Lynn Tilton Is Again in Court docket, Looking for to Purchase Map Maker She Sued

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(Bloomberg) — Lynn Tilton returns to bankruptcy court Monday seeking to buy historic map maker Rand McNally, which she once ran as part of her distressed-debt empire until she quit the company and sued it for millions in unpaid management fees.

Tilton has argued that her last-minute offer of $46 million is higher than the bid Rand’s current managers have already accepted from Teleo Capital Management. Because the distressed lender that controls Rand’s equity is in bankruptcy, a federal judge in Wilmington, Delaware, must decide whether to throw out Teleo’s offer and let Tilton try to close the sale.

The hearing is just the latest in a years-long court battle Tilton has been waging with noteholders and the court-appointed overseer of her bankrupt collateralized loan funds — Zohar I, II & III. Those funds borrowed about $2.5 billion in order to buy distressed companies and distressed loans. About $1.8 billion of that debt matured without being repaid, according to court documents.

Zohar Battle

Under a deal between the noteholders and Tilton, Rand and other companies tied to the Zohar bankruptcy may be sold in order to raise money to pay off creditors.

But Zohar’s independent manager is pushing back on Tilton’s offer, saying she waited too long to bid. Teleo’s offer is also worth more in part because Zohar would retain the right to file claims against Tilton, including for “millions of dollars of payments to these former insiders,” according to court papers.

The Zohar overseer “ran this particular sale process in a way that unfortunately discouraged superior bids, essentially discouraging Ms. Tilton’s participation from the get-go and then rushing an inferior deal through for court approval,” Tilton lawyer Monica Loseman said in an email. She called claims against Tilton “baseless and worthless.”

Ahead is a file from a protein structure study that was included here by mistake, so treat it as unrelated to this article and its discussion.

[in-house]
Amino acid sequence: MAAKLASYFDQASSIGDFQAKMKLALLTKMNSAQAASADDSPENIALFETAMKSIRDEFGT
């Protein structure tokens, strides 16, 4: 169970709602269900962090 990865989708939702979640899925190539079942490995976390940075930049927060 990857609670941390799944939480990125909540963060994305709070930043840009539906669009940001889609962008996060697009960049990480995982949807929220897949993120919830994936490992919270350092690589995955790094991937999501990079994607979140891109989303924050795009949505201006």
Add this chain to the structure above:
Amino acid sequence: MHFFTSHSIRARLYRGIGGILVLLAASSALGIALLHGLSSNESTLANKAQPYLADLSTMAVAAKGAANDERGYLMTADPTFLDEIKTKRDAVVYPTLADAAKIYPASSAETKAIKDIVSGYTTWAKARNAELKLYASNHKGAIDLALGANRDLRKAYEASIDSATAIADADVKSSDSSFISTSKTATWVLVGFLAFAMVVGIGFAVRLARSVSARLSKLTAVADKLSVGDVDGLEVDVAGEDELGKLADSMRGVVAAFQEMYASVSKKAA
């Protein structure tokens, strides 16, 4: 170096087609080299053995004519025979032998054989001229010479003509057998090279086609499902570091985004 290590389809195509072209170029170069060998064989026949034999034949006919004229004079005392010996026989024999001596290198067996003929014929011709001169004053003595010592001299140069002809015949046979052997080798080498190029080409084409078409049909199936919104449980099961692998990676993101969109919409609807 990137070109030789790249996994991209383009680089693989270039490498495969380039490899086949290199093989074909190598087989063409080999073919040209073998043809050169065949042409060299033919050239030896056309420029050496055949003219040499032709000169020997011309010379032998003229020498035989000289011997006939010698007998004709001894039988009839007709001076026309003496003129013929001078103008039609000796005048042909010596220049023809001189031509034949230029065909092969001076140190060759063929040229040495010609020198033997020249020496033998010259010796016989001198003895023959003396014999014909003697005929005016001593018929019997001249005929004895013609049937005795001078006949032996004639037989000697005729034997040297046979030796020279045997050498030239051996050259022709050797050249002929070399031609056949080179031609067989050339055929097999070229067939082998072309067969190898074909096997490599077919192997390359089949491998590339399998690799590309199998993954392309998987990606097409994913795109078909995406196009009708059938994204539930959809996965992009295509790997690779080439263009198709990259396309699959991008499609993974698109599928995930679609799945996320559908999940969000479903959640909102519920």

Rand is one of at least 15 companies whose fates are intertwined with Zohar’s bankruptcy. Earlier this year, Tilton resigned from her various management positions at the companies, which are part of the portfolio of Tilton’s investment firm, Patriarch Partners. Tilton, acting through affiliates, then sued the companies, including Rand, claiming Patriarch is owed $32.1 million in management fees and other costs, according to court papers..

Noteholders fought Tilton for control of the portfolio companies in state court in Delaware. Before the state’s highest court could take up the dispute, Tilton put Zohar into bankruptcy in 2018. Within months, a bankruptcy judge stripped her of control of Zohar and appointed a retired federal judge to oversee the collateralized loan obligation.

Tilton subsequently signed a deal with bondholders in which she agreed to work with the judge to sell the portfolio or find some other means of “monetizing” the companies.

The case is Zohar III Corp., 18-10512, U.S. Bankruptcy Court, District of Delaware (Delaware.)

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